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I'm Short, Not Stupid Presents: 'The Black Balloon'

Josh and Benny Safdie’s The Black Balloon follows a lone black balloon as it intersects randomly with damaged New Yorkers in slice of life moments.
September 30, 2014, 1:45pm

I love balloons—party balloons, animal balloons, hot air balloons, condom balloons… They’re wonderful to pop with sharp objects. But perhaps most importantly, they can sometimes soar in a truly magical way. In 2012's The Black Balloon, 100 colorful balloons are accidentally released into the New York City sky. But a lone black balloon manages to get caught in a tree. Will it be set free again? Will it be taken in and given a home? No, it is thrown into a garbage truck compactor and sent to a landfill. However, it’s not over for the balloon. Emerging from the trash, the balloon, now with a mind of its own, sets off on a search for companionship through the alien landscape of Manhattan. Like a kaleidoscope of the city, the balloon intersects randomly with people in slice-of-life moments and quickly finds itself the partner of a number of damaged people. They literally drag the rubbery fellow into their problems. Josh and Benny Safdie’s The Black Balloon is the gritty New York portrait of a balloon that mirrors Albert Lamorisse's lovely 1956 French classic The Red Balloon.

Set almost in an alternate reality to the psychedelic sounds of Gong, the city’s hard luck citizens are not only able to acknowledge and communicate with this black balloon, but act as if it weren’t out of the ordinary. Similar to much of the Safdie’s previous work, the characters and story represent the fringe of emotions and society. They paint a specific, yet naturalistic portrait of New York—warts and all. At 20 minutes, the film is a slight investment. But you get to see a balloon rob a store, which is cool.

This is the perfect time to watch The Black Balloon, considering the US premiere of the Safdie brothers' new feature film, Heaven Knows What, is happening this week.The film screens at the New York Film Festival at 9 PM this Thursday, October 2nd, and 8 PM this Sunday, October 5th. Before they made The Black Balloon (2012), they made the feature documentary Lenny Cooke (2013), about the greatest has-been basketball player, and the feature narrative Daddy Longlegs (2009), which premiered at Cannes Film Festival and played Sundance. They make a heck of a lot of other short films and cool shit as part of Red Bucket Films. Check out my little interview with brother Josh Safdie and a fascinating video that traces the The Red Balloon's shooting locations via Google Maps below.

VICE: Why balloons? 
Josh Safdie: Rubber prevents conception, usually. Here it breeds life. Sometimes I’m described as a gassed up helium balloon. Throughout my childhood, I was told to calm down. The Red Balloon was an early film that shook us (our father grew up in Italy/France). Because it was one of the first movies we saw and we were already familiar with the book (the child-novelization of the film), it was very deep for us. Lamorisse’s classic taught us about loneliness and the human condition, all through the companionship of a balloon.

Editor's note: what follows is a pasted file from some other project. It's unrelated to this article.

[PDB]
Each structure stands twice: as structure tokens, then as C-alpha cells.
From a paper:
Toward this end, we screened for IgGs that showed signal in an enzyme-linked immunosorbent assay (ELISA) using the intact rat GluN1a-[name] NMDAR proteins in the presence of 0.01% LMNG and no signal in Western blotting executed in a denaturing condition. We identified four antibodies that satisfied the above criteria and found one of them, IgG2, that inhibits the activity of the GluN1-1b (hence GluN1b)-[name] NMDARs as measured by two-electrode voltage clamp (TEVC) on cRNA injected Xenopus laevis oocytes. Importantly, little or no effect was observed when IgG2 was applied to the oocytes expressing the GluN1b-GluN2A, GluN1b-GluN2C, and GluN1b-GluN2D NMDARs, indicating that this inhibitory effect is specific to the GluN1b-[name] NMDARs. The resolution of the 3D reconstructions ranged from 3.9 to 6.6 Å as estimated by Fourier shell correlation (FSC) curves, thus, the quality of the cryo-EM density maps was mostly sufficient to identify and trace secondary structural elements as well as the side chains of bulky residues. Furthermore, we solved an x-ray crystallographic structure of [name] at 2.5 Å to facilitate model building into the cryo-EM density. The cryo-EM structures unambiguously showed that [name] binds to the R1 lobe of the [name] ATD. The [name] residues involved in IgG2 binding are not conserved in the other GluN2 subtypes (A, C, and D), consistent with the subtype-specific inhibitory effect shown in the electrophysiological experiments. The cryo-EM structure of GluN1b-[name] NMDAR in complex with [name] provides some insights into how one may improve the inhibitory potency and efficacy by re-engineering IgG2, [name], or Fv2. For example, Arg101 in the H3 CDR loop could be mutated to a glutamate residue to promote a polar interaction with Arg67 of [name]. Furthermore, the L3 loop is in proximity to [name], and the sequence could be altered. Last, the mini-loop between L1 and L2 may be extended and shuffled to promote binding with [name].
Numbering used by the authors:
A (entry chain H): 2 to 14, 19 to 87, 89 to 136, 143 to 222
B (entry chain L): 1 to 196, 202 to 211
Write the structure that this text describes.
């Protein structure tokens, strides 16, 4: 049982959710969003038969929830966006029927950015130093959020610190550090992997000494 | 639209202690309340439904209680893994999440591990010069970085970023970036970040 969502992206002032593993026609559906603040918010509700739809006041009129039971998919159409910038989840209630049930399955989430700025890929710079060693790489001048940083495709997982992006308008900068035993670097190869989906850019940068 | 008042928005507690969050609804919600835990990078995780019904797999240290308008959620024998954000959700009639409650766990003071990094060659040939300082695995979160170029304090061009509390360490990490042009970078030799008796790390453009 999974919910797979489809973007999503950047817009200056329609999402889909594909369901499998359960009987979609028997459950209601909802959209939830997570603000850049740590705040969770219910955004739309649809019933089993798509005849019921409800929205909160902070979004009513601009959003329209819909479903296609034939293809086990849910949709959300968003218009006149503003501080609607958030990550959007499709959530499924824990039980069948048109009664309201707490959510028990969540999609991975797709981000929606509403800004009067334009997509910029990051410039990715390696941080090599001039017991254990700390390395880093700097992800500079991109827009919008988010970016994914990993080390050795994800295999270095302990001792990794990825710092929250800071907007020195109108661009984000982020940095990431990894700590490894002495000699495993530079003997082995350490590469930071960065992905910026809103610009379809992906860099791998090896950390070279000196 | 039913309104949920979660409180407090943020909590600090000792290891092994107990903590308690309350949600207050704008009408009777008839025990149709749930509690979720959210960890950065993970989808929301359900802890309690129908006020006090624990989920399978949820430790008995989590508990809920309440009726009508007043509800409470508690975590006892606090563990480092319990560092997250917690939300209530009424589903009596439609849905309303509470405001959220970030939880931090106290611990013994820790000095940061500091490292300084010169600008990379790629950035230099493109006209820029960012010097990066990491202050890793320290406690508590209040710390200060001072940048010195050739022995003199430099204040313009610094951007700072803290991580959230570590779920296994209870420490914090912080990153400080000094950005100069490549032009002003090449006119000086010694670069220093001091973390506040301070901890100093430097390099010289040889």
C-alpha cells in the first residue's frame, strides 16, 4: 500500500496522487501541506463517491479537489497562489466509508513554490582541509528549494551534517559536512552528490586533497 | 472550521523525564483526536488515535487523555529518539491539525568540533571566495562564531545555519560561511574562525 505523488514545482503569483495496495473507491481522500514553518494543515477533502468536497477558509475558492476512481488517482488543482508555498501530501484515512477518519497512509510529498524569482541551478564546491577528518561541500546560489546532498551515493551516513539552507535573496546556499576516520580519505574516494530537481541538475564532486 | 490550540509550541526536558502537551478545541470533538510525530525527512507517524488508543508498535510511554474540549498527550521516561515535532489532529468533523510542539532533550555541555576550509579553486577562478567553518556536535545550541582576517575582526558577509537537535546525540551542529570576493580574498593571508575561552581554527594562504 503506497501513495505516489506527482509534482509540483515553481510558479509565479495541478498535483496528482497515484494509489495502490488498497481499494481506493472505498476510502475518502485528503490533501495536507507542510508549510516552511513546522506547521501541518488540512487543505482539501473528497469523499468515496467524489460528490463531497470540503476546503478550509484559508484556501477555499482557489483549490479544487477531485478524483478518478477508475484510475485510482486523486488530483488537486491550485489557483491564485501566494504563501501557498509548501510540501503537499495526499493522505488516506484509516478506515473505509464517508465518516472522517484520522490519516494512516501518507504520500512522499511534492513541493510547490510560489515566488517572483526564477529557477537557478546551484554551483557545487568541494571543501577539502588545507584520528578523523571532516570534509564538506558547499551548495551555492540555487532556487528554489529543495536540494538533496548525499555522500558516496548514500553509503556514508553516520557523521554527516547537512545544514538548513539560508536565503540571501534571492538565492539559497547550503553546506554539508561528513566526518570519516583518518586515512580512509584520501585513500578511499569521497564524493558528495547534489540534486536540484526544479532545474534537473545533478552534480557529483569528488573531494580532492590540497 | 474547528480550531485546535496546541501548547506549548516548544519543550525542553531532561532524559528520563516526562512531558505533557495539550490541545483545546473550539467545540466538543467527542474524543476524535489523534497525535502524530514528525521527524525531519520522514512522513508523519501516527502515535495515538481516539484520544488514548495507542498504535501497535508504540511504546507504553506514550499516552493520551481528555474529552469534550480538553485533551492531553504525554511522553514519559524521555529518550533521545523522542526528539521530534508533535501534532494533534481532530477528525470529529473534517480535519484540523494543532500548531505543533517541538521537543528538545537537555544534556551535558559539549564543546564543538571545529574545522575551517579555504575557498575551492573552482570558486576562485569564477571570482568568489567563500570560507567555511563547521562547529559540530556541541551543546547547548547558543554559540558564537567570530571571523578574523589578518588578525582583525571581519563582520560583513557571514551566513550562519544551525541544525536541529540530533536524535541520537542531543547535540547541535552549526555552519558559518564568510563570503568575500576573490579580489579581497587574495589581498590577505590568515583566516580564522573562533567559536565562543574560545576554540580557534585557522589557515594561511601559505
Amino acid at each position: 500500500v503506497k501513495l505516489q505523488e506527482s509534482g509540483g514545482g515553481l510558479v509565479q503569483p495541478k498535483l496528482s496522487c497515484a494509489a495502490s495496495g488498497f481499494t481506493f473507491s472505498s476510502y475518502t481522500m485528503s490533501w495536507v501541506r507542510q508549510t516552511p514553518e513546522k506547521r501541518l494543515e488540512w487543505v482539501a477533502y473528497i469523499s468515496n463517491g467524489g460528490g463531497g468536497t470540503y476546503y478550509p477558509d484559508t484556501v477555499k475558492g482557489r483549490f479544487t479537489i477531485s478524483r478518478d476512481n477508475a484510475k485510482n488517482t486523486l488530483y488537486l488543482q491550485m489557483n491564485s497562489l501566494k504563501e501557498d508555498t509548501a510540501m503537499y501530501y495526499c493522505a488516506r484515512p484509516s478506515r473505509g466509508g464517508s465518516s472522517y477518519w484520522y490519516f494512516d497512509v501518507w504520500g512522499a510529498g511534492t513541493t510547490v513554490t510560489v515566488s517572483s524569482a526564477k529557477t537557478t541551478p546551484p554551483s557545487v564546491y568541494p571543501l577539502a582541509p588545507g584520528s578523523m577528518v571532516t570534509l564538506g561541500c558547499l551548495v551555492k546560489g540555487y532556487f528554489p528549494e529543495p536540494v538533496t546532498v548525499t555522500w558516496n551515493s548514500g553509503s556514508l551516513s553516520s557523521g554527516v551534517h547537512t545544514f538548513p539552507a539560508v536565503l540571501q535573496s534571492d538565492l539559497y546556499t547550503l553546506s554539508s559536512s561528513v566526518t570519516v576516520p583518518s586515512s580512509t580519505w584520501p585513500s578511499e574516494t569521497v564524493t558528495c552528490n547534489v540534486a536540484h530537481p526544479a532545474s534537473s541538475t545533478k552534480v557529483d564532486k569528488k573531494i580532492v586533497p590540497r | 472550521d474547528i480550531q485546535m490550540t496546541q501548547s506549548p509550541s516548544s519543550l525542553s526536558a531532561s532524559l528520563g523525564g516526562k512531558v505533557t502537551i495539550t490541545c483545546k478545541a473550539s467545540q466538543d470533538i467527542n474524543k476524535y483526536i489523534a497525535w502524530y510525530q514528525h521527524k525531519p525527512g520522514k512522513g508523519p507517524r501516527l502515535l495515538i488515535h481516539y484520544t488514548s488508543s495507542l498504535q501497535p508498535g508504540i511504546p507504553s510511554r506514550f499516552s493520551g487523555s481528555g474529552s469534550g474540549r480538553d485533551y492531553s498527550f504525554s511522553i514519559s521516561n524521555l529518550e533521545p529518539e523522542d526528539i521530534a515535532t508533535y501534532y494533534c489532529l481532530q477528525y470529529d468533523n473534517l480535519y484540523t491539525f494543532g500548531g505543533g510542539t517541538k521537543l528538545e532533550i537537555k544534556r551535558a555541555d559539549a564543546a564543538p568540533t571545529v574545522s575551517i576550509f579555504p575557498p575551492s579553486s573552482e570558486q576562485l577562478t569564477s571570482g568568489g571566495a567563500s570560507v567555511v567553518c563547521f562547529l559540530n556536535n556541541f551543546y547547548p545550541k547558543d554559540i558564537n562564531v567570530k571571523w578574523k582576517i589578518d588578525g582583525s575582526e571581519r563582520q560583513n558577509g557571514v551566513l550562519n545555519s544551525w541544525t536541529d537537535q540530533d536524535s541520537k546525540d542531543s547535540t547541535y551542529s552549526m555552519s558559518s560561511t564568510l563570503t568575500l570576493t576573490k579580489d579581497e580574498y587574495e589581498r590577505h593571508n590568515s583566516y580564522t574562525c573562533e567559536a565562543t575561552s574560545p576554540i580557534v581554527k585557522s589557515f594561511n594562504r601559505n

Andy Spade sent us a video on his phone of a black balloon determined to stay alive in the midst of a busy avenue. Cars kept running it over and it kept narrowly escaping. He wrote me, "You know The Red Balloon? How about a film about a black balloon?"

The film is ostensibly from the point of view of the balloon, but you also have these slices of life in which the balloon is peripheral. How did the arc come about?
After Andy sent us that video, Benny and I were interested in this sci-fi element to a creature… like a lifeless piece of rubber living among humans. We were also most interested in the personal monologue, i.e.: people who would talk to a balloon. I talk to many things—anyone or thing that will listen. But then again, I’m pretty alone. The characters we’re attracted to are islands. The balloon is just an extension of our own perspective and attraction to human life.

I love how much you vary the balloon's perspective. Sometimes you use close-ups, wide shots, while other shoots seem voyeuristic. What were all of the techniques you used to film a semi-animate object?
There weren’t many “techniques.” Often we talked with Sean Price Williams about the balloon and referred to it as “he” so it was no different than establishing perspectives and shots for any other character in a film we had done. Because the balloon lives on the streets, we were mostly relegated to our perspective of him via street photography.

Did you have any serious mishaps with your titular star?
Sure, he died and came back to life a bunch of times. Thanks to John Furgason.

What are you guys working on now?
We’re currently unleashing Heaven Knows What, another street opera. It's a feature film that follows Harley (based on the real-life memoirs written by Arielle Holmes, who plays Harley) through her self-imposed dramatic life on the streets and her love with both Ilya (a beautifully evil and destructive boyfriend) and heroin (the not-so beautifully evil drug).

Jeffrey Bowers is a tall mustached guy from Ohio who's seen too many weird movies. He currently lives in Brooklyn, working as a film curator. He's currently the Senior Curator for Vimeo's On Demand platform. He has also programmed at Tribeca Film Festival, Rooftop Films, and the Hamptons International Film Festival.